Winky D recently sat down with Trevor Ncube on the In Conversation with Trevor show and discussed the part technology and the newer distribution methods that musicians are using.
The interview was insightful and local artists (especially upcoming artists) would probably want to hear the experiences of one of the biggest local acts.
Trevor Ncube asked Winky D how much technology had benefited him (specifically streaming platforms like Apple Music and Spotify) in terms of earning income and the musician was largely on the fence;
There are two sides, good and bad. We do need the Apple stores, streams and other things that go on online because these are the marketing tools being used daily.
The bad side is that there are certain channels through which the music is being accessed which cannot be monitored. People can have a song and just share it amongst themselves using WhatsApp. How does the artist account for all that?
What you have to do as an artist now is to look at how best we can capitalise the technology given the present setup right now.
The issues of piracy have always been contentious – many local artists have stressed that piracy takes away from their revenue streams but people on the sidelines have argued that the way the Zim economy is set up means consumers wouldn’t be able to afford to buy the music and therefore the artists reach would be limited. Some have gone on to argue that the piracy actually helps artists become popular and gives them leverage to organise shows which they can then monetise.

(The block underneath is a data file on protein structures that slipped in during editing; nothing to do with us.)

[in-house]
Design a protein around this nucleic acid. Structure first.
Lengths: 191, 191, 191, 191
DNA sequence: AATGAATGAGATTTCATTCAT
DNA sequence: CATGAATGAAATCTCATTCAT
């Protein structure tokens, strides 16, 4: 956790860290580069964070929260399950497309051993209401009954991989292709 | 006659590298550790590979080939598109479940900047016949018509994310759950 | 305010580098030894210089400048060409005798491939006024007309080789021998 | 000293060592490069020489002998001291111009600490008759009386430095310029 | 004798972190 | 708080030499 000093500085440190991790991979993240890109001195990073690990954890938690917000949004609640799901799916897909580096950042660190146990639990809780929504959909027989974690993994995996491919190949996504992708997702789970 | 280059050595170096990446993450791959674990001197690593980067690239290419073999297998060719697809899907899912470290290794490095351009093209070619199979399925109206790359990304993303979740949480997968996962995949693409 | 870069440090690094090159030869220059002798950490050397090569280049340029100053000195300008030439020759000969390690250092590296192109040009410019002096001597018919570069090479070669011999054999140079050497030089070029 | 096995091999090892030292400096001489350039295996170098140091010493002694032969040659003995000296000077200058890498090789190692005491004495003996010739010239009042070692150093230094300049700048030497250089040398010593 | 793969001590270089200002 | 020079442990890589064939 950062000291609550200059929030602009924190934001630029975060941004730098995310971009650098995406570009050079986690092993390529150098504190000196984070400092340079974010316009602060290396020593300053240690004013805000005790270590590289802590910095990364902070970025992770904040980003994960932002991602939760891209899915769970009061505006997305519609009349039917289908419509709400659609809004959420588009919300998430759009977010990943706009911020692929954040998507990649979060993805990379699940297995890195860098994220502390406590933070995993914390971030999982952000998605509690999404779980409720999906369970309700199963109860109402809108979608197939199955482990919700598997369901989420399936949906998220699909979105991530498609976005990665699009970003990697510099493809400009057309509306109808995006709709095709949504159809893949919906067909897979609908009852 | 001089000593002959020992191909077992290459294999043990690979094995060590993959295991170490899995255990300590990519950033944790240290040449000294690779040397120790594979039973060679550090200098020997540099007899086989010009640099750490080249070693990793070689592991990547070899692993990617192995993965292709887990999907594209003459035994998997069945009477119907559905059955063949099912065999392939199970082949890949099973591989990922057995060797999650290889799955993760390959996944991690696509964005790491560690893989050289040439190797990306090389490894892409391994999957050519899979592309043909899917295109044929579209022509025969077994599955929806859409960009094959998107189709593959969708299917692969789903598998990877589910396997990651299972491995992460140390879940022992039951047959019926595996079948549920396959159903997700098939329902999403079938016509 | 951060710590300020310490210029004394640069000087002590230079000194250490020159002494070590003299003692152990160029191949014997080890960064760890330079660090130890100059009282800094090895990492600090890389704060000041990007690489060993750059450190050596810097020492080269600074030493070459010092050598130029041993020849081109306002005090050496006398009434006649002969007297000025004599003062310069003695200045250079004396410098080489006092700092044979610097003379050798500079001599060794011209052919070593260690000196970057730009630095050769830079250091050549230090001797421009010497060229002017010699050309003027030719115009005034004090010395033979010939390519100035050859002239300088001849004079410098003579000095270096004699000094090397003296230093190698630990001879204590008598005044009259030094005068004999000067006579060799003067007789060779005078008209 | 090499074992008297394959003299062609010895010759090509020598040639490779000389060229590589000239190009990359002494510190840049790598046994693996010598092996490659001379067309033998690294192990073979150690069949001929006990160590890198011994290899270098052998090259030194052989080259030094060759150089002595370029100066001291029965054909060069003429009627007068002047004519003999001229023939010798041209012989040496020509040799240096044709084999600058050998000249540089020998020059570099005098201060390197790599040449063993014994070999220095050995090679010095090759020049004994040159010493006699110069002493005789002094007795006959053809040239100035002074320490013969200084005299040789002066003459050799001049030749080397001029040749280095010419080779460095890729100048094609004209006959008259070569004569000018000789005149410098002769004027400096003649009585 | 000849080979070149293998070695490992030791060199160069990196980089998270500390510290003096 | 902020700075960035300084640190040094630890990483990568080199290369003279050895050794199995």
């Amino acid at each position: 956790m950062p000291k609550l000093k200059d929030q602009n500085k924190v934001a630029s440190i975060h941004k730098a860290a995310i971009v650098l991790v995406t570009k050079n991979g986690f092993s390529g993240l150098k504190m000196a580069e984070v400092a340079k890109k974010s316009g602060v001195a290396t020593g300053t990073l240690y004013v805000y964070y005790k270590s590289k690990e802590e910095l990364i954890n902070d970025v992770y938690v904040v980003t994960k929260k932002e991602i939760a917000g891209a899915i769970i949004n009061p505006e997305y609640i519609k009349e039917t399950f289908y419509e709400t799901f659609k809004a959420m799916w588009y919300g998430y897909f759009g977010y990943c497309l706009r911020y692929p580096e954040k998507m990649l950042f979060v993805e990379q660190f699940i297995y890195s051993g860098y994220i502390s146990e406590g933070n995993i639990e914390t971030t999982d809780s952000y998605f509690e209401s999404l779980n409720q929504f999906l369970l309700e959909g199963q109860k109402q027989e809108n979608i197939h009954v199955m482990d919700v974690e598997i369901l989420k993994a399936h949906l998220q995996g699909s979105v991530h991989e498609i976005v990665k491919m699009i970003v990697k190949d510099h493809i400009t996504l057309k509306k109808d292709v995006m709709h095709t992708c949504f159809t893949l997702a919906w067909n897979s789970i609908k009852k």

Whilst that argument is one that I think is valid, the artists themselves (including Winky D now) have said time and time again that piracy isn’t the solution. More importantly however, Winky D did acknowledge that artists shouldn’t cry foul but instead try to adapt to the reality of how consumers are interfacing with their art;
We shouldn’t be crybabies at the end of the day because those are the dynamics right now.